My world fell apart a week before Rosh Hashanah. One September morning I was drinking my usual four cups of tea, moving too quickly through the house, and dreaming up a thousand different ways my life could change. The next, I was awake before dawn, my breath shallow and hard to find, certain that death was imminent and the universe existed only to swallow us whole. I carried on like this for a few days—monitoring each thought and feeling as they emerged, hypervigilant and aware of myself to the point of feeling unreal. I was a moving puddle of tears and rolling fears, shuttling from bed to couch to bed again, never really sleeping in either place.
On the fifth day, I found myself between the stucco walls of the public clinic, tugging at my jeans and gently tearing apart the paper draped beneath my legs. This was the place that could see me on such short notice. I stared at the posters reminding me to make good choices, healthy choices, and I found myself muttering sadly, “I always do, I always do.”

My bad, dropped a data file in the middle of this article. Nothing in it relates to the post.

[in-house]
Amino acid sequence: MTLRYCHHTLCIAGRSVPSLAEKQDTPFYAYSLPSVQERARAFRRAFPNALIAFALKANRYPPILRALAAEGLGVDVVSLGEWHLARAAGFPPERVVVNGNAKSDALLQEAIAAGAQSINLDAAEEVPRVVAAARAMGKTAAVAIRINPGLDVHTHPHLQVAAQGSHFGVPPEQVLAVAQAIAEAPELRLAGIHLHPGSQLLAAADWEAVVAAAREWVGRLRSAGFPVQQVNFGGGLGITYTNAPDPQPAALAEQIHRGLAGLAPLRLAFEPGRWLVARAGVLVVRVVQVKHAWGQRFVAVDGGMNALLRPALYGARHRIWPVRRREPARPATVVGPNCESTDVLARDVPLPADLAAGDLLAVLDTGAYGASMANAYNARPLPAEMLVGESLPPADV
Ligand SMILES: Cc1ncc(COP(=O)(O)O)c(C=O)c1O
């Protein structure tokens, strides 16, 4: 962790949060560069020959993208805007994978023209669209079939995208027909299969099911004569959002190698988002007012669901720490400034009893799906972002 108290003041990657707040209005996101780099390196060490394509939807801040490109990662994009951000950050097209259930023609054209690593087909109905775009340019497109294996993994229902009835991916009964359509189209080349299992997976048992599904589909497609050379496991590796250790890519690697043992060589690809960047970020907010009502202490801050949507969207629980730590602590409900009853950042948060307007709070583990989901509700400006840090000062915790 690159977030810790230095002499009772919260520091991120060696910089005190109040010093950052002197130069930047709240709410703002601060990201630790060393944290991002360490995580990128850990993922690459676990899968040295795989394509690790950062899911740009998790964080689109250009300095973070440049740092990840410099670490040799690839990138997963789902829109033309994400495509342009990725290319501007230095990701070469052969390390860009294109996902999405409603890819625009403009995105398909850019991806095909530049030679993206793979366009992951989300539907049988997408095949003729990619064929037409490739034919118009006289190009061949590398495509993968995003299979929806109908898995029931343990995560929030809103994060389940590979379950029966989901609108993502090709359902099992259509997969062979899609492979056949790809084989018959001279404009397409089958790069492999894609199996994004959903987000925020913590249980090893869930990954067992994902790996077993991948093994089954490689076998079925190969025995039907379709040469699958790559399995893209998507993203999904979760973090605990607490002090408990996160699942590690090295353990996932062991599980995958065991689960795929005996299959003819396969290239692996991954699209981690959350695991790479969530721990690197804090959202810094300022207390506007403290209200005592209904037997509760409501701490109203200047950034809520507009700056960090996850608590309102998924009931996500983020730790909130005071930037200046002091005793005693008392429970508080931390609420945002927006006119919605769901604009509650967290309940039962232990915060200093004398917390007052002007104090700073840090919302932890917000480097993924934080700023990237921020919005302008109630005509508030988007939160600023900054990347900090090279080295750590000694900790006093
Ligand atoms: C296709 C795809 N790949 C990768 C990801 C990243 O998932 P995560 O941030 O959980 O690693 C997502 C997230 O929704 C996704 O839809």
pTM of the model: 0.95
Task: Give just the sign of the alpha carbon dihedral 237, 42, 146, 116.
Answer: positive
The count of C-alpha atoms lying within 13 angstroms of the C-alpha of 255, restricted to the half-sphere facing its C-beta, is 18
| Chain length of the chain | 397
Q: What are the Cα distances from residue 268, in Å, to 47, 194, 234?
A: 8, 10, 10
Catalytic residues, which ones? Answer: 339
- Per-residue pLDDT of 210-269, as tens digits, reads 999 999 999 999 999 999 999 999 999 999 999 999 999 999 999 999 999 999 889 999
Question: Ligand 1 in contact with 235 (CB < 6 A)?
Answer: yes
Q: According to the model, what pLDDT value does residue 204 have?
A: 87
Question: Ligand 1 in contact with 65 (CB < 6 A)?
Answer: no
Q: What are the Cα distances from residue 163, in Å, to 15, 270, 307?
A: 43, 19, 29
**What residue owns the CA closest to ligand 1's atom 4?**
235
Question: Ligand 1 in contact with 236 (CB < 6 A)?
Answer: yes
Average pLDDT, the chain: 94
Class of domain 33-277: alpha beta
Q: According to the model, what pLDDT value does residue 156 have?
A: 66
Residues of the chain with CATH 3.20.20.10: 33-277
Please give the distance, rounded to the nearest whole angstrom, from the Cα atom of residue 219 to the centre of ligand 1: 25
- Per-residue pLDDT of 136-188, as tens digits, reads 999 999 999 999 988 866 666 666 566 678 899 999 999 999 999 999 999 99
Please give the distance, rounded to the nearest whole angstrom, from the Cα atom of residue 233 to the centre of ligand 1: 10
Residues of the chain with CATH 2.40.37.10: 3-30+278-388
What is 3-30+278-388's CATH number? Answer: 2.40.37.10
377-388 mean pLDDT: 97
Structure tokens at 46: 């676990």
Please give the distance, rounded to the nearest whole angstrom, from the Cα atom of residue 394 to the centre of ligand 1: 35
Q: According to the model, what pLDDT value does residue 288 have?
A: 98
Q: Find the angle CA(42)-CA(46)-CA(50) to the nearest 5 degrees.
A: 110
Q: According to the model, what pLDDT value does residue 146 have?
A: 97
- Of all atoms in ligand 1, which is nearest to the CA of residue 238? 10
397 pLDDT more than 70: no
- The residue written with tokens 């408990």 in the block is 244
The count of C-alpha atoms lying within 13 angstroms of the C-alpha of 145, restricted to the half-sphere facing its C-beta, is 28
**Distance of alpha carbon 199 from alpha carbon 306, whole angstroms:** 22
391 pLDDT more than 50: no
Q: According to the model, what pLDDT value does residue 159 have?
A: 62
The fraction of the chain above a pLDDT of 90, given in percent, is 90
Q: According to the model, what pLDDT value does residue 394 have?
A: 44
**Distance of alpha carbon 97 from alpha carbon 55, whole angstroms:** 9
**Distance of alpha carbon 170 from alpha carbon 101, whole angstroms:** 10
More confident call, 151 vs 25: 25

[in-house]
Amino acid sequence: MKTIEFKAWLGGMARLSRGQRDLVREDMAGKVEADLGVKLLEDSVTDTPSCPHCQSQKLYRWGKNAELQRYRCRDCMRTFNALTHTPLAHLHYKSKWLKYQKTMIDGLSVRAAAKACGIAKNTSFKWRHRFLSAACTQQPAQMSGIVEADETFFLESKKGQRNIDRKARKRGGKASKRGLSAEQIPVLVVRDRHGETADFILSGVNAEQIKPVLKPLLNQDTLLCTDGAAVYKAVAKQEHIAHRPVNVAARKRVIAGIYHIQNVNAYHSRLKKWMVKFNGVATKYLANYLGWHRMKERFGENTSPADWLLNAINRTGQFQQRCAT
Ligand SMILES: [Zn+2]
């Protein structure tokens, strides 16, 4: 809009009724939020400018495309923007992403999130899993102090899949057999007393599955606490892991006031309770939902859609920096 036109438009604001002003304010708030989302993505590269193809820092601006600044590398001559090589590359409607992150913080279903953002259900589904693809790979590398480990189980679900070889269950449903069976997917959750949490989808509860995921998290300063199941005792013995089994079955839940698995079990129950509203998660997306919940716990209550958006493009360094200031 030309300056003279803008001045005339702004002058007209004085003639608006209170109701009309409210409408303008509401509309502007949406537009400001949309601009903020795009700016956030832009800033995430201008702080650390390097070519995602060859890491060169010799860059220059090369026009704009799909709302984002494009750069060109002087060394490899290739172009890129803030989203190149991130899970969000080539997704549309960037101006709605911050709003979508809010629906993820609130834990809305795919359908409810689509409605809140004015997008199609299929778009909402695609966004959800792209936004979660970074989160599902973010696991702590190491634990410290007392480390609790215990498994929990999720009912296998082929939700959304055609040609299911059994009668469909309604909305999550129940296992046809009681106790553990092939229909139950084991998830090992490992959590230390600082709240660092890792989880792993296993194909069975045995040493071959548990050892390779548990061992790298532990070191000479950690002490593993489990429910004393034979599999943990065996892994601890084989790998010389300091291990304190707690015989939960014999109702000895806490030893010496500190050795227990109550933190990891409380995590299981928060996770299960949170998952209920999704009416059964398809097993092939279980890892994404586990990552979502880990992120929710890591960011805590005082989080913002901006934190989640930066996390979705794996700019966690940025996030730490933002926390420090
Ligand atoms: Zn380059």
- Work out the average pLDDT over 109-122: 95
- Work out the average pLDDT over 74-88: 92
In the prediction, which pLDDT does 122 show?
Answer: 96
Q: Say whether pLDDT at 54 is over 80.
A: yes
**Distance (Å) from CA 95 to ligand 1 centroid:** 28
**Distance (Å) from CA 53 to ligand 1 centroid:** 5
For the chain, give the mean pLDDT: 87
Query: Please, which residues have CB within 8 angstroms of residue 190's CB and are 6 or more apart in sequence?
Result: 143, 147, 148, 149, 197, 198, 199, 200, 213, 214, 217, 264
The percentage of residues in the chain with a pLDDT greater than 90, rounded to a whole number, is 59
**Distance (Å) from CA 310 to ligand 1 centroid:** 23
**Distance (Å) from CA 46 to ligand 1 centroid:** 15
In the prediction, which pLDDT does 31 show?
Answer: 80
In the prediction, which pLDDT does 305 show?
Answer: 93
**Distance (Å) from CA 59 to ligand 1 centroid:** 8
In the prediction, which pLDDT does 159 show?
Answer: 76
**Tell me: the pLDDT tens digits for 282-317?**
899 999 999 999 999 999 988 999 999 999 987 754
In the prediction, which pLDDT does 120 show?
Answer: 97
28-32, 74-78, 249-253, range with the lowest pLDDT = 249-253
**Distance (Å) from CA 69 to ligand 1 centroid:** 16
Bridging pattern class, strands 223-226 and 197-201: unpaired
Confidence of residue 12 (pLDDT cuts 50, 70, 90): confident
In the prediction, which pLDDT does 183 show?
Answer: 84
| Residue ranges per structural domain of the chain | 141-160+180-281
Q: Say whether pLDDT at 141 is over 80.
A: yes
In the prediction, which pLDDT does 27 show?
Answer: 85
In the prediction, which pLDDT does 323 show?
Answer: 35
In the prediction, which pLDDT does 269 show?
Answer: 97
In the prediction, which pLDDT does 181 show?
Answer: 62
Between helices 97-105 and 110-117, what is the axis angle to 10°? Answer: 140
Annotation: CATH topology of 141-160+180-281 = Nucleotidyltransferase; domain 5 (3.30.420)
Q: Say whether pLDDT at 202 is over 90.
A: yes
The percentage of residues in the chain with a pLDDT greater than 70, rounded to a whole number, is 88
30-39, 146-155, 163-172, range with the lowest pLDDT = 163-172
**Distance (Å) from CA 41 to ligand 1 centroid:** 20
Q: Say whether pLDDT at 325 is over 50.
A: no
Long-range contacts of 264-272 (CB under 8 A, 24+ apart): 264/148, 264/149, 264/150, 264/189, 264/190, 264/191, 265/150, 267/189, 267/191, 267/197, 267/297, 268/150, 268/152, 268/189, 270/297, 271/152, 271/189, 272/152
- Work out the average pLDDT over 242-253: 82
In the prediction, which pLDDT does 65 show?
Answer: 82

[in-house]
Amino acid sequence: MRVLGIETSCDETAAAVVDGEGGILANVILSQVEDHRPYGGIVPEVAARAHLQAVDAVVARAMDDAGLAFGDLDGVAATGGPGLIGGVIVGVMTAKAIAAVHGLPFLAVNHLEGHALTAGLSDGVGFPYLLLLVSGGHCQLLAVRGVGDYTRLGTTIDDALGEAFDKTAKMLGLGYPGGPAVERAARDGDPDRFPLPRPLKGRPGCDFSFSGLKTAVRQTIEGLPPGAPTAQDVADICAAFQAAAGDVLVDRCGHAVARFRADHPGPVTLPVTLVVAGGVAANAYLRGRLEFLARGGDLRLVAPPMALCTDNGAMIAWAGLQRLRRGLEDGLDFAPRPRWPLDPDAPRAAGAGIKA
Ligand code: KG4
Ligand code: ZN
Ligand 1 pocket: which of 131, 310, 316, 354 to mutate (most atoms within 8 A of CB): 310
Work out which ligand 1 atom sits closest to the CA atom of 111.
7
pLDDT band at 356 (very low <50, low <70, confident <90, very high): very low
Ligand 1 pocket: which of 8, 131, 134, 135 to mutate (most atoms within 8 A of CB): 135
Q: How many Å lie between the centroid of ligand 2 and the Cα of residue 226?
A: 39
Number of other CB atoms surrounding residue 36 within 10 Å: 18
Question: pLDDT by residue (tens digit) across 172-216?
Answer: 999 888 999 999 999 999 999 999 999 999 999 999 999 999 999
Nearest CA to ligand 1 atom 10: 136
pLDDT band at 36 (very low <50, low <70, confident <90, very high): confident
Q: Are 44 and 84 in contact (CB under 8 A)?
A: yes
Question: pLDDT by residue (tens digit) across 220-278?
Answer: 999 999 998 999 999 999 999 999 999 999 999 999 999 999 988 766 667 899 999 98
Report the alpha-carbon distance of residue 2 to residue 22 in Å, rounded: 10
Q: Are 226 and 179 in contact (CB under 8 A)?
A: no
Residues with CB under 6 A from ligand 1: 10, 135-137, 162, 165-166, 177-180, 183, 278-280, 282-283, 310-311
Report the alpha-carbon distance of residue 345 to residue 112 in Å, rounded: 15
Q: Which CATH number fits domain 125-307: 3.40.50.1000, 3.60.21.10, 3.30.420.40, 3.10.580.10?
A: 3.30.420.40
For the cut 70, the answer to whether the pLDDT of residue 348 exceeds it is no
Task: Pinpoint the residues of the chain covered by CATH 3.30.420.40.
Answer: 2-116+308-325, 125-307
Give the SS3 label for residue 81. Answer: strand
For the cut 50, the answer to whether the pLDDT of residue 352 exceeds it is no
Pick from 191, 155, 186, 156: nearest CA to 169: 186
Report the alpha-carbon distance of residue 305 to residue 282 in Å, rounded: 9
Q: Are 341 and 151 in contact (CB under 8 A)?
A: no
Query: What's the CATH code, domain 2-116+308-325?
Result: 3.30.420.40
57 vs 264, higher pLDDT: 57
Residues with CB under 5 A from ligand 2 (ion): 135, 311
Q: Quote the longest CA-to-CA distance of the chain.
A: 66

The doctor who saw me diagnosed me with acute onset anxiety. No kidding. She inquired about my personal life, my job, my hobbies. Out of habit, I held back when I described my occupation—you never know how a stranger will react to self-identification. I told her I worked for a Jewish organization, and she must’ve sensed my hesitation. “You can tell me,” she said, without looking up from my chart, “I’m Jewish, it’s fine.” At the end of the visit, as she watched me roll my sleeve down over the spot where she’d drawn blood, she offhandedly grinned. “Anxiety passes, I promise.” I nodded mutely. “For people like us”, she continued, “It’s in our nature to be worried.” People like us. The floor opened up and devoured me, and I showed all my teeth as she trundled me off to the psychiatric nurse.